Snow: They’ll be home for Christmas – for good

December 15, 2012 

You’re no doubt familiar with the adage, “A picture is worth a thousand words.” It’s true.

A newspaper cartoon can be worth even more. A clever mind and a good sketch pen are two of journalism’s most powerful instruments.

Many years ago, former N&O cartoonist Duane Powell – one of the finest – was having coffee in the office snack bar with me.

As we talked, Duane kept doodling on a napkin. When we got up to leave, he handed me the napkin. To this day, I cringe at the thought of that devastating caricature of me, Snow nose and all.

An editorializing cartoon can stir in the reader’s mind contempt, compassion, anger, humor or sadness.

I’m thinking of The N&O cartoon picturing Gov. Mitt Romney, during his post-election visit to the White House, sitting in the president’s chair in the Oval Office. His hands are clutching the edges of the desk as if he will never let go!

The president is saying, “Mitt, let’s sit over here.”

I found the cartoon more sad than humorous. But I’m a softie when it comes to losers.

Visiting the Oval Office had to be a soul-searing moment for the man who had worked for years, raised and donated from his own sources millions of dollars in his quest for the presidency, only to be denied the prize.

And yet we expect him, and others who ran but lost, not to show bitterness. We want them to come up with smiles and cheerful words, when inside they’re feeling the opposite emotions at perhaps the lowest moment of their lives.

A few days ago, I reread President Jimmy Carter’s “Christmas in Plains.”

Like the author himself, the book is a mild-mannered little volume, plainspoken, and an easy read. In it, Carter touches upon the emotional impact of defeat.

Yet, he recalls a lighter moment during his last Christmas in office, which can be a sad time for any defeated politician.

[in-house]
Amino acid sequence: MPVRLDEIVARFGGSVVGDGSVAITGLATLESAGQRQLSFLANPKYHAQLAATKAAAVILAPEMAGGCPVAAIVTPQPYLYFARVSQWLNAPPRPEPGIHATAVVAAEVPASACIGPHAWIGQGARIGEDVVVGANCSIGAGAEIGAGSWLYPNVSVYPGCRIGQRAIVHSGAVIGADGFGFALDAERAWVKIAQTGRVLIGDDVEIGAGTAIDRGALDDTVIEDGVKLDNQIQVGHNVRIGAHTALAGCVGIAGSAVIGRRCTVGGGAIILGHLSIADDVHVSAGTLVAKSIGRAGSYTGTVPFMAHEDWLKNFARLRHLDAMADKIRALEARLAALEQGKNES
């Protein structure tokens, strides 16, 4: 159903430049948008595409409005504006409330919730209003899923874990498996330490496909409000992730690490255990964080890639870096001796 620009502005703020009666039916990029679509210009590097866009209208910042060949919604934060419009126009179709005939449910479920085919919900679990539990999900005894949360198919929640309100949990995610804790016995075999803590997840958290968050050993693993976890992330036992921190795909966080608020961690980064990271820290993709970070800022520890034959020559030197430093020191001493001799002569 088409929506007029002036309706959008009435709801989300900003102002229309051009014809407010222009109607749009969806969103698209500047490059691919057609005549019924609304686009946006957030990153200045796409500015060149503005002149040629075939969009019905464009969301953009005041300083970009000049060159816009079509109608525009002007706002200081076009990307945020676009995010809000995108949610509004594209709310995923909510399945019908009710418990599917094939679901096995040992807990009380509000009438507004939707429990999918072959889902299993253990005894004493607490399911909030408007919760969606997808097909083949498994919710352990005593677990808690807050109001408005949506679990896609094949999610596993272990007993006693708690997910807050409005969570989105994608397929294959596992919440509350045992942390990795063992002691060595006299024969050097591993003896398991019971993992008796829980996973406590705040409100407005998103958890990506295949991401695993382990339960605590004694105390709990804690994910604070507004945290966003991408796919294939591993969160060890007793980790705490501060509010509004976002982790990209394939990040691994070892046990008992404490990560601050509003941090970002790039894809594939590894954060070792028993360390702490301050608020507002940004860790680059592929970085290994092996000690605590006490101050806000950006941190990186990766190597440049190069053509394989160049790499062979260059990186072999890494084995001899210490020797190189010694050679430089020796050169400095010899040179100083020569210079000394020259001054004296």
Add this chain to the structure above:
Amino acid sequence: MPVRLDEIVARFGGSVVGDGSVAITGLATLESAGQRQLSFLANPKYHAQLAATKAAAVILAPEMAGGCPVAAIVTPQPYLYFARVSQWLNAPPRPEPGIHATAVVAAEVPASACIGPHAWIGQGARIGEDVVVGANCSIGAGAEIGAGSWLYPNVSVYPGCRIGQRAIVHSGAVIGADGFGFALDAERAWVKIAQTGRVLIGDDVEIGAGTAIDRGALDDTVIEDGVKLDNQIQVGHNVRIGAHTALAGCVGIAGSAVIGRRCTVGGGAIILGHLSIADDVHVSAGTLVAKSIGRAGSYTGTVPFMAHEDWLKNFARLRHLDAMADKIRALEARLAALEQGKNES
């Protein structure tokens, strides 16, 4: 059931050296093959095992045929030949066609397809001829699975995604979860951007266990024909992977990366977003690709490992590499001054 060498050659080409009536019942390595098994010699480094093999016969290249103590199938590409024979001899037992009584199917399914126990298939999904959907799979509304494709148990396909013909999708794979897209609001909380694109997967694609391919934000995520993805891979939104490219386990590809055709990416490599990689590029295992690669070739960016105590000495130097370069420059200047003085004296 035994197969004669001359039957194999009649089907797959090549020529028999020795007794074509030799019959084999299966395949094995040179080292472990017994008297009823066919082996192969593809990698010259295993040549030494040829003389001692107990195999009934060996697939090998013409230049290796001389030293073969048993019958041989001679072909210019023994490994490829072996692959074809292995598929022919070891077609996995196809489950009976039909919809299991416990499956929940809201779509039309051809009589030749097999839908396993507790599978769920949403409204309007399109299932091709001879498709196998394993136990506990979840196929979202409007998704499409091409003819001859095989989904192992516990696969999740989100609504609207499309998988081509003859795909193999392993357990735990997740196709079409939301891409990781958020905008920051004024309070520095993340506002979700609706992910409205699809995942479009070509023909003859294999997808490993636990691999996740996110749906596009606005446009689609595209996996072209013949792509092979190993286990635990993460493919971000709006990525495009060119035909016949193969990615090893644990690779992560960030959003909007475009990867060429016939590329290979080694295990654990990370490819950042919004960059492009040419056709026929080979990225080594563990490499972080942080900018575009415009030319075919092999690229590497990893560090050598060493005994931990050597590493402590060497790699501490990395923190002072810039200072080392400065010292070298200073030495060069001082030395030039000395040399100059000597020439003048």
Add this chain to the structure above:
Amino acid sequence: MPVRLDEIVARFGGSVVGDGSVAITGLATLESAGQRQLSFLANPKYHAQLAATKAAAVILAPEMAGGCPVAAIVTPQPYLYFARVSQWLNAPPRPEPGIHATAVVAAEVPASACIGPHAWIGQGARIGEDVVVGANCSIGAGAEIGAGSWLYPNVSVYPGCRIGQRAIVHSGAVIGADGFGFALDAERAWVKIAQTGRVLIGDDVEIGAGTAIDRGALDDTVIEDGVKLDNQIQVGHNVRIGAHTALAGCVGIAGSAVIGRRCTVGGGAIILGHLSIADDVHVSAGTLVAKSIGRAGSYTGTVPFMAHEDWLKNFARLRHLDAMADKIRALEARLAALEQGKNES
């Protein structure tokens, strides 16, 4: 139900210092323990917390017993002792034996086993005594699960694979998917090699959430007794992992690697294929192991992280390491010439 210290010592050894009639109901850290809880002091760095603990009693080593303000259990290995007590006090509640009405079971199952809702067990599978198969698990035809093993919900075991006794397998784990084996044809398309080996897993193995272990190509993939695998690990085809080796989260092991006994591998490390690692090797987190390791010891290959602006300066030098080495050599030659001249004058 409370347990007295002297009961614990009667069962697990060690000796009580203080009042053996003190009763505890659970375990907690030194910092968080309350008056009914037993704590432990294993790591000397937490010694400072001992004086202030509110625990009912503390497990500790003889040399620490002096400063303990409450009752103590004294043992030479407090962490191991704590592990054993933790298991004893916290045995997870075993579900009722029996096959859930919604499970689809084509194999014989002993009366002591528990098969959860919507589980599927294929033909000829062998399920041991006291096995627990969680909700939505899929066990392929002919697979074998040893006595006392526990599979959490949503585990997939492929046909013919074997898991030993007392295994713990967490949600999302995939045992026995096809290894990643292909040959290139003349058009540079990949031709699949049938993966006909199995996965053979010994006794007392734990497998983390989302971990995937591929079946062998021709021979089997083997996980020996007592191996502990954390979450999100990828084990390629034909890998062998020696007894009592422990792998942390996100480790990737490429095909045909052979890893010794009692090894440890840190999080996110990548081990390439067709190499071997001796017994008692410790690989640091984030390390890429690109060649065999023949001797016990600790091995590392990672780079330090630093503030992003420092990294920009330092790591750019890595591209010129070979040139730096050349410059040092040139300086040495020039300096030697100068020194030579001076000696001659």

Carter said the children seemingly all wanted the game “Trivial Pursuit,” which was not to be found in stores anywhere.

Finally, an aide managed to get two of the games from the manufacturer.

On that Christmas morning, the family members gathered around the game were excited by one of the questions: “Who was the first American president born in a hospital?”

The answer was “Jimmy Carter.”

The former president said the family was not as thrilled by the next question, “Who said ‘Sometimes when I look at my children, I wish I had remained a virgin?’ ”

The answer was “The President’s mother, Lillian Carter.”

Since the 2012 election, network panelists have probed the psyches of a number of defeated politicians, especially Congressmen, on how they feel upon leaving office.

All expressed regret, if not outright sadness, which is not surprising. As the World War I song said, “How ya’ gonna keep ’em down on the farm after they’ve seen Paree?”

Sen. Kay Bailey Hutchinson, asked on CNN what she would miss upon returning home to Texas, replied, “When I was a practicing lawyer, after I had served in the state legislature for several years, I was negotiating on whether a comma went this place or that place. And I thought ... I’d rather be doing something that I thought would have a big impact and make a difference. And it is why we’re here and it is what we’ll miss.”

Let’s not discount the importance of commas.

Surely you’ve heard heard about an English professor who, stressing the importance of punctuation wrote on the blackboard, “A woman without her man is nothing,” and asked her students to punctuate it correctly.

The men in the class wrote: “A woman, without her man, is nothing.” The women wrote: “A woman: without her, man is nothing!”

Seriously, as 2012 runs down, what better time to put aside our political animosities and, yes, the memories of one of the ugliest political campaigns in our history?

What better Christmas gift for the nation than a truce, even temporary, of nonpartisan peace and good will toward each other?

Snow: 919-836-5636 or

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